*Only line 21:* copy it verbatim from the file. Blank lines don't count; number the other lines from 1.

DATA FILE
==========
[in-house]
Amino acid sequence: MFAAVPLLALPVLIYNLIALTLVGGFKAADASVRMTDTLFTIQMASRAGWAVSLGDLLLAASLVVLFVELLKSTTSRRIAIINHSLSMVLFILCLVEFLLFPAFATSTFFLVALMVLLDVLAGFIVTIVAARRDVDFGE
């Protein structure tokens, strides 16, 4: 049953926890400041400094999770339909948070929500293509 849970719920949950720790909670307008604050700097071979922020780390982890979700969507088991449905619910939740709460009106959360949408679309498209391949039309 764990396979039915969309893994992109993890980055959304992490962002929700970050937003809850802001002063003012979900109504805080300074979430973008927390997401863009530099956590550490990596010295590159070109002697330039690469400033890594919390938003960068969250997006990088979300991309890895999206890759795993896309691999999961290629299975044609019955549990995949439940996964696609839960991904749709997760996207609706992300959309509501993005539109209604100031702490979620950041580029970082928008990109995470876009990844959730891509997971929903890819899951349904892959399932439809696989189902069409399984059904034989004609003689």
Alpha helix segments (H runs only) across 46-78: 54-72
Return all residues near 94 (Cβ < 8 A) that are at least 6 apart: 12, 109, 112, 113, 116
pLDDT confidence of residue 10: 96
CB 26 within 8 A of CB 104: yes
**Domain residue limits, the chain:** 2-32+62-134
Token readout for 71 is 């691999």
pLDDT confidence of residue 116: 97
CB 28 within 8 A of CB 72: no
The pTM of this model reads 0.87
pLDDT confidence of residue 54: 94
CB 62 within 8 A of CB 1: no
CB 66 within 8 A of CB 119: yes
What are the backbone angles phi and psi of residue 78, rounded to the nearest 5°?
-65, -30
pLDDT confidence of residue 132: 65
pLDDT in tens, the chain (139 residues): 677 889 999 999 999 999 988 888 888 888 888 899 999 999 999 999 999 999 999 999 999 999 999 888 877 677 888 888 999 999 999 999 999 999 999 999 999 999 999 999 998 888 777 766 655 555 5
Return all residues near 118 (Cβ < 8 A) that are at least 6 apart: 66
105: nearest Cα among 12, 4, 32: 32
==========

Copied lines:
105: nearest Cα among 12, 4, 32: 32